I received this book as an ARC from NetGalley in exchange for an honest review.
The Hellion’s Waltz is the third book in Olivia Waite’s Feminine Pursuits series (the first book, The Lady’s Guide to Celestial Mechanics was published in 2019 and the second Care and Feeding of Waspish Widows last year). As I said in my review of The Care and Feeding of Waspish Widows, one of the things I love most in good romance writing is when authors interact with larger themes. These books aren’t just sexytimes, nor are they just character studies, they are in fact observations about living with emotions. In order to unpack the emotional lives of the characters the world around them are grown out and investigated, and in historical fiction there is plenty of political turmoil to muck about in. Waite does just that in The Hellion’s Waltz using the backdrop of England’s evolving textile industry to explore how corrupt men will corrupt systems, and occasionally in order to do good you must go against the rules.
Our main pair is Sophie Roseingrave, piano teacher and composer, and Maddie Crewe, silk-weaver. Sophie’s family have moved to Carrisford (p.s. I’m pretty sure most of the names in this are shoutouts to A Little Princess) following a conman who ruined her and her family’s reputations and left them in a position of having to sell their piano shop. Maddie has deep roots in town, and specifically with the Weavers’ Union with whom she is plotting to take down the evil Mr. Giles. Sophie overhears part of the swindle and goes about putting herself in Maddie’s way; regardless of any attraction she may feel. The story then pings back and forth between the sexual and romantic relationship between Sophie and Maddie and the ever more complex plot to give Mr. Giles what he has coming and make the Weaver’s Union financially secure.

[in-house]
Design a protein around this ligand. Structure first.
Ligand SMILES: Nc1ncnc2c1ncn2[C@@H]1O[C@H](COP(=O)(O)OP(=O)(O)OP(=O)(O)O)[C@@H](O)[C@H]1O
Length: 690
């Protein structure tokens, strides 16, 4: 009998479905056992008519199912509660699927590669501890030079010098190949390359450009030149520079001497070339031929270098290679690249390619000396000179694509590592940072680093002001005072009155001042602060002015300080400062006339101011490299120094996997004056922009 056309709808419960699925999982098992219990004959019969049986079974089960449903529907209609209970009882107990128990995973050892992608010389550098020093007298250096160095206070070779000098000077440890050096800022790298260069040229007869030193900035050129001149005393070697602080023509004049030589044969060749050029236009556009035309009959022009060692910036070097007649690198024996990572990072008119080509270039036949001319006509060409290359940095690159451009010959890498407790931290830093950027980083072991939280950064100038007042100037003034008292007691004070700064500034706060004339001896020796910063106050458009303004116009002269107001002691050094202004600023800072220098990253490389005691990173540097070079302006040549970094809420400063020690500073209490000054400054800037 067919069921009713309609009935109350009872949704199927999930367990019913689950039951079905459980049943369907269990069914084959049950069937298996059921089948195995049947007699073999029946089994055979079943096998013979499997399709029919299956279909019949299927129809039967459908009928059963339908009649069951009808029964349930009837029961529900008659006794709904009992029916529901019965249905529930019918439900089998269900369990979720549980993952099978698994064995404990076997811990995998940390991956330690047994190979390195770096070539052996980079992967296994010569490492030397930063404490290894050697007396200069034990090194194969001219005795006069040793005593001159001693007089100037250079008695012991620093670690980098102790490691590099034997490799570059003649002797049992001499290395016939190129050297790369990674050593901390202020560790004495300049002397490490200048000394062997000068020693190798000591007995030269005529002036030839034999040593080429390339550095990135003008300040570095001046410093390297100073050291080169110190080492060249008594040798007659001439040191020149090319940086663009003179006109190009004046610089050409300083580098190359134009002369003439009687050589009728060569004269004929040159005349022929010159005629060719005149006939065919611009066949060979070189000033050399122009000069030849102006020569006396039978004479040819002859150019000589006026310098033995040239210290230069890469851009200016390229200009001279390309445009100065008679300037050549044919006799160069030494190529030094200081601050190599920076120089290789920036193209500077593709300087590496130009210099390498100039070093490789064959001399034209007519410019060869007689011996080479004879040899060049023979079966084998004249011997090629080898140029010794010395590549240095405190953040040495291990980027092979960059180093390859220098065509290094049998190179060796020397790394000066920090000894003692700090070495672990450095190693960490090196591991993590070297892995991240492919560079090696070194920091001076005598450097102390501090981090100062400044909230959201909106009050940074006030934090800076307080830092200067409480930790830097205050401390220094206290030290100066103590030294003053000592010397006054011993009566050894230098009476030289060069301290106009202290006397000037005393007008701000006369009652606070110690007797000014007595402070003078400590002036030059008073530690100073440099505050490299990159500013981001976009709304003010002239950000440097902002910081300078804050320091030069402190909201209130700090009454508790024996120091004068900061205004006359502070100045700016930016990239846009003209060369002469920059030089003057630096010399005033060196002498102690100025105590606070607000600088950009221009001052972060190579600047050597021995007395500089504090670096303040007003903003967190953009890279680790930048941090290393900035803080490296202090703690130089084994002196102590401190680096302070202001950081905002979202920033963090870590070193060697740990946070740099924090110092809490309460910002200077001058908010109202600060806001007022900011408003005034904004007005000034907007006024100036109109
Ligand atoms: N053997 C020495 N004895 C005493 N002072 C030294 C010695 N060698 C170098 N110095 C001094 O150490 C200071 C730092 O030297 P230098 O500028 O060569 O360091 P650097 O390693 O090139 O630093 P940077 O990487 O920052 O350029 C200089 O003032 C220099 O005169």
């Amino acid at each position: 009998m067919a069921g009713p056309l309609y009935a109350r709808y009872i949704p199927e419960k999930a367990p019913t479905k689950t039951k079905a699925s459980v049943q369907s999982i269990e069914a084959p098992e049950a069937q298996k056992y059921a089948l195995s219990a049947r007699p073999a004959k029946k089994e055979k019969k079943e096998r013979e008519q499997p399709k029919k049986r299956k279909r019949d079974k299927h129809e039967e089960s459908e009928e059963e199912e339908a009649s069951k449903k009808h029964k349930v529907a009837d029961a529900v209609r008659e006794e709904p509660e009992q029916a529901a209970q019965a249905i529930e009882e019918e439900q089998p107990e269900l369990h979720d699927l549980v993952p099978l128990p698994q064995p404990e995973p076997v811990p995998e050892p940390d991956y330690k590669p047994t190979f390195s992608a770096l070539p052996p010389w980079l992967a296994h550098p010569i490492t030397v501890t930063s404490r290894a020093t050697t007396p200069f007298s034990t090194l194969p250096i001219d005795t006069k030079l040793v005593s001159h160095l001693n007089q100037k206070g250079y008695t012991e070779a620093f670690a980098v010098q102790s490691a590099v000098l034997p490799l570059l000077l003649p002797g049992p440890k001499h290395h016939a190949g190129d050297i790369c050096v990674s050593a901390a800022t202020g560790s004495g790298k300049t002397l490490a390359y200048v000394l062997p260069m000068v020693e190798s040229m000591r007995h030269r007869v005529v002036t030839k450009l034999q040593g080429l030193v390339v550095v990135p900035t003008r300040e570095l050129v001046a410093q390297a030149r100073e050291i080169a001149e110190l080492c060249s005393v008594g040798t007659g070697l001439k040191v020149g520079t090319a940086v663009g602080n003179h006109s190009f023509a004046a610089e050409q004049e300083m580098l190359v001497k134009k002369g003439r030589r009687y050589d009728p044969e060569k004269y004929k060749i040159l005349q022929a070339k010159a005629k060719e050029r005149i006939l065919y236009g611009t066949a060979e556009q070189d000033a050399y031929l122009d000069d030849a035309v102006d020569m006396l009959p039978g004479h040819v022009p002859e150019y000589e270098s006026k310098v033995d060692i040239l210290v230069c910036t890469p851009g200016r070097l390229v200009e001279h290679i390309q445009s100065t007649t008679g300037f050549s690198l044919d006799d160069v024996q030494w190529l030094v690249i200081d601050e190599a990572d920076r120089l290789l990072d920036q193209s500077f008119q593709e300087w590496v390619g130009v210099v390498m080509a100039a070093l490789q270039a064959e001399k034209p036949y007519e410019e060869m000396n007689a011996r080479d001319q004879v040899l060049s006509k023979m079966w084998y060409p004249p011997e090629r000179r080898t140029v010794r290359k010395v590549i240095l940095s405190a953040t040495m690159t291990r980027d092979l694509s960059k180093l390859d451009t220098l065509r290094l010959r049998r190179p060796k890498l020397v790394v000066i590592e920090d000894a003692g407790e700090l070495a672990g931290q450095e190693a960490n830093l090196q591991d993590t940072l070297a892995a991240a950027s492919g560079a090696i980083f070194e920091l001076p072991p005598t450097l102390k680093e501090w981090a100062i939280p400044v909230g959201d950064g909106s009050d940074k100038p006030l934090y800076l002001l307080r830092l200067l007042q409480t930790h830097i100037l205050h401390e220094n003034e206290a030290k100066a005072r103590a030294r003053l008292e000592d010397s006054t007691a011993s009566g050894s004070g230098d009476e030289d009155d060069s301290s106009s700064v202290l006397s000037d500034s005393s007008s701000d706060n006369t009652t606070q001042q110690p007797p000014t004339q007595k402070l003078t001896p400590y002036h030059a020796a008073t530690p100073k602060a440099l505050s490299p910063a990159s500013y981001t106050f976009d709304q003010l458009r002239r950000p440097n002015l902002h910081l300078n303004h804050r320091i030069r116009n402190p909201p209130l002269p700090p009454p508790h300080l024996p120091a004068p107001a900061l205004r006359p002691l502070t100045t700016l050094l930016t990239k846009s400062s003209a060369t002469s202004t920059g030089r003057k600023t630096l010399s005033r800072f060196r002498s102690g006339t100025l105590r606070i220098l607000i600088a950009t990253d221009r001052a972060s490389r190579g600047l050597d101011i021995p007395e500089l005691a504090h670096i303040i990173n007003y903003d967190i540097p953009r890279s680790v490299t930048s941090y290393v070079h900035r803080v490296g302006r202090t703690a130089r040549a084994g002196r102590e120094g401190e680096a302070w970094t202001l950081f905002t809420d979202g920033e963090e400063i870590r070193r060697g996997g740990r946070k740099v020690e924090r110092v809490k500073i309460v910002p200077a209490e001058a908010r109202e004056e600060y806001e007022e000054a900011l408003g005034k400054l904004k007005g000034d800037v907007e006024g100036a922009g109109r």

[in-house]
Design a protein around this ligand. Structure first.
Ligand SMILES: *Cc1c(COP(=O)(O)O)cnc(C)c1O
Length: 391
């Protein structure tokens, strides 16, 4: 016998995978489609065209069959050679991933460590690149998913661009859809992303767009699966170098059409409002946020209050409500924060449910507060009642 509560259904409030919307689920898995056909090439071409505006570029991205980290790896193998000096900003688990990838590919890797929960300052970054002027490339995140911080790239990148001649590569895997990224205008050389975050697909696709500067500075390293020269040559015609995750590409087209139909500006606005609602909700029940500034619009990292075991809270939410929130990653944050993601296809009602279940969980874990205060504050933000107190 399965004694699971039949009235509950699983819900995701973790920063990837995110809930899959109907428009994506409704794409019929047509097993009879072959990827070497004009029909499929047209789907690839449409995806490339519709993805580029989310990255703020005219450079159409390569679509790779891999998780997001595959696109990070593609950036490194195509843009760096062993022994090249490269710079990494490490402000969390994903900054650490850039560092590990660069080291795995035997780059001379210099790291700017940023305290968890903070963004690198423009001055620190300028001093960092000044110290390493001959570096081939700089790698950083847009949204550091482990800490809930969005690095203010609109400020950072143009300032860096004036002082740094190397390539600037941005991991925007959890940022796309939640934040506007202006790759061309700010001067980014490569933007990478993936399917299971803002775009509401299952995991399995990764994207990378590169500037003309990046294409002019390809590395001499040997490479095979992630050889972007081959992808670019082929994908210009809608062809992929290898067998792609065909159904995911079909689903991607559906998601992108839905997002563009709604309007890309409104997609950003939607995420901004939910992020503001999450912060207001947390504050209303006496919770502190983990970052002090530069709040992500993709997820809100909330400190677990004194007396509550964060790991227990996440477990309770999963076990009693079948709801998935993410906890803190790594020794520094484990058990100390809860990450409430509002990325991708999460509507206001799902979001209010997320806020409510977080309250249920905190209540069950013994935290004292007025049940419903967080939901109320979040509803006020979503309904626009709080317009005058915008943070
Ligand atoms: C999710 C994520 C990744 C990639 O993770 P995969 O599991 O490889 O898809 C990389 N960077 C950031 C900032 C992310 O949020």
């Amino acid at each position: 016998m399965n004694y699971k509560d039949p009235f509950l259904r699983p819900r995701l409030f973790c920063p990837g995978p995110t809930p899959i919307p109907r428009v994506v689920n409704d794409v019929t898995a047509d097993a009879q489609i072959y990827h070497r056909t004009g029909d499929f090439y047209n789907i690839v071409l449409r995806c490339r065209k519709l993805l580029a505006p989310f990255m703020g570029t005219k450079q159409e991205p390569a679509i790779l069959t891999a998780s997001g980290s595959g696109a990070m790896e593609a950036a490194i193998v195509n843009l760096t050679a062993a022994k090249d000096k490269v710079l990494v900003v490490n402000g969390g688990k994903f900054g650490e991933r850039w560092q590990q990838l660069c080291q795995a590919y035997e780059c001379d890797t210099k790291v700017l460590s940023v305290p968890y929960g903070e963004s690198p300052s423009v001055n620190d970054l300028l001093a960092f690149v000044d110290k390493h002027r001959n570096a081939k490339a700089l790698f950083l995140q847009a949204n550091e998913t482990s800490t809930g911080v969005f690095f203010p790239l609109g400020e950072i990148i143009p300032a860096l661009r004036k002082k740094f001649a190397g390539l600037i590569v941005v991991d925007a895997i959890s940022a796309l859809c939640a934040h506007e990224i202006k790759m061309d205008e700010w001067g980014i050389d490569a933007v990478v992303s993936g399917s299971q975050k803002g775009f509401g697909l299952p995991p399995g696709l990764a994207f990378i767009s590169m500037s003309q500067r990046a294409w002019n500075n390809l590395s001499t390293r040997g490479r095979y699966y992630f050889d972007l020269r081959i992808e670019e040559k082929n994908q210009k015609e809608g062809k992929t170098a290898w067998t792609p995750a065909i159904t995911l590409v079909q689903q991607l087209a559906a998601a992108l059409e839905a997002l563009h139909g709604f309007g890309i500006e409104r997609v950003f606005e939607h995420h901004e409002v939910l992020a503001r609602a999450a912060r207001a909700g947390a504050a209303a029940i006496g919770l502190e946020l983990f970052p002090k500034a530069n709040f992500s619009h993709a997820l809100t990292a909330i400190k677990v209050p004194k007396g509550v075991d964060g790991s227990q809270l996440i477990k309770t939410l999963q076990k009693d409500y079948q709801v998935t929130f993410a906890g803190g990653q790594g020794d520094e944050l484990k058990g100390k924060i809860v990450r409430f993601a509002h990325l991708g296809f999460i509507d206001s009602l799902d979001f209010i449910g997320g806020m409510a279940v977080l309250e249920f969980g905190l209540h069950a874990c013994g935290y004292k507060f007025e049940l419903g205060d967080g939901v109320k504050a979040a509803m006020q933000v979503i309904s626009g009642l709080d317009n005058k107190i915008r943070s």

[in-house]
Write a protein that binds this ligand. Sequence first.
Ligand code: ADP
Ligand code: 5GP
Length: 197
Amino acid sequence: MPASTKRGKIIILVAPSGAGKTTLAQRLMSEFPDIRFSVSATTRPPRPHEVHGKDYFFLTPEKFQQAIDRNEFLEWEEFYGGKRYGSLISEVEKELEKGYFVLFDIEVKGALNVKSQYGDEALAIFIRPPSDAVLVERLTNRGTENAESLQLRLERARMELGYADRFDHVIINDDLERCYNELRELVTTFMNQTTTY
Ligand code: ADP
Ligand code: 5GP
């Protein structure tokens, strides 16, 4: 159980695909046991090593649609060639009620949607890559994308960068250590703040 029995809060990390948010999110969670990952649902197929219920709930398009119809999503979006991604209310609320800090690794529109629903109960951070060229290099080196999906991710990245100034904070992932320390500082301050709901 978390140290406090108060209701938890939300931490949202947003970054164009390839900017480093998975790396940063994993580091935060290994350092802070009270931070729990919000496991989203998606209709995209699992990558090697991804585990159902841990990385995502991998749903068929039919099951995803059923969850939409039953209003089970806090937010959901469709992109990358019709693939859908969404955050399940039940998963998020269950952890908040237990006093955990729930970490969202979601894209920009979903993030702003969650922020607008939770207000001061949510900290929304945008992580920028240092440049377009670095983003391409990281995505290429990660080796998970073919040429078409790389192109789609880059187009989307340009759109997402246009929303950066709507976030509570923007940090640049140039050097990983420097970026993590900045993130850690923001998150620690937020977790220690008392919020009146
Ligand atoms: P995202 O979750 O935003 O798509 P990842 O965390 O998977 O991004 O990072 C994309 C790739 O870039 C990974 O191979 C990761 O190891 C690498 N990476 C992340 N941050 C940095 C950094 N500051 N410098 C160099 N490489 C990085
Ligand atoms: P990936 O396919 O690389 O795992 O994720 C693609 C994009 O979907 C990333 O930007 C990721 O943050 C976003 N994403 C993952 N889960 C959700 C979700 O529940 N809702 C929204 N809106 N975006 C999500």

My favorite part of Waite’s work is that she populates the books with a variety of characters who are living their lives in a variety of ways that fall outside what society might accept. This book is free of any inner struggle about can the main pair be together – they’ve both been in previous relationships and know how to bend around society’s rules. They also receive no push back from family or community; their relationship is accepted (even by Maddie’s stepmother in some of my favorite dialogue in the book). Which brings me to my least favorite part of this book: while I bought how quickly the pair jumped into a sexual relationship (seriously, its fast) Waite just didn’t get me there on the romance side of things, the love that these two characters are meant to be feeling in order to have chosen to stay with each other by the end of the book. The emotional side of the book felt very underdeveloped in comparison to the swindle plot.
There’s a great variety in this series, the books are wildly different in character backgrounds and pace as well as plot type and tropes. If this one isn’t for you (its my least favorite of the series) then odds are one of the other two is more up your alley.
Bingo Square: New Series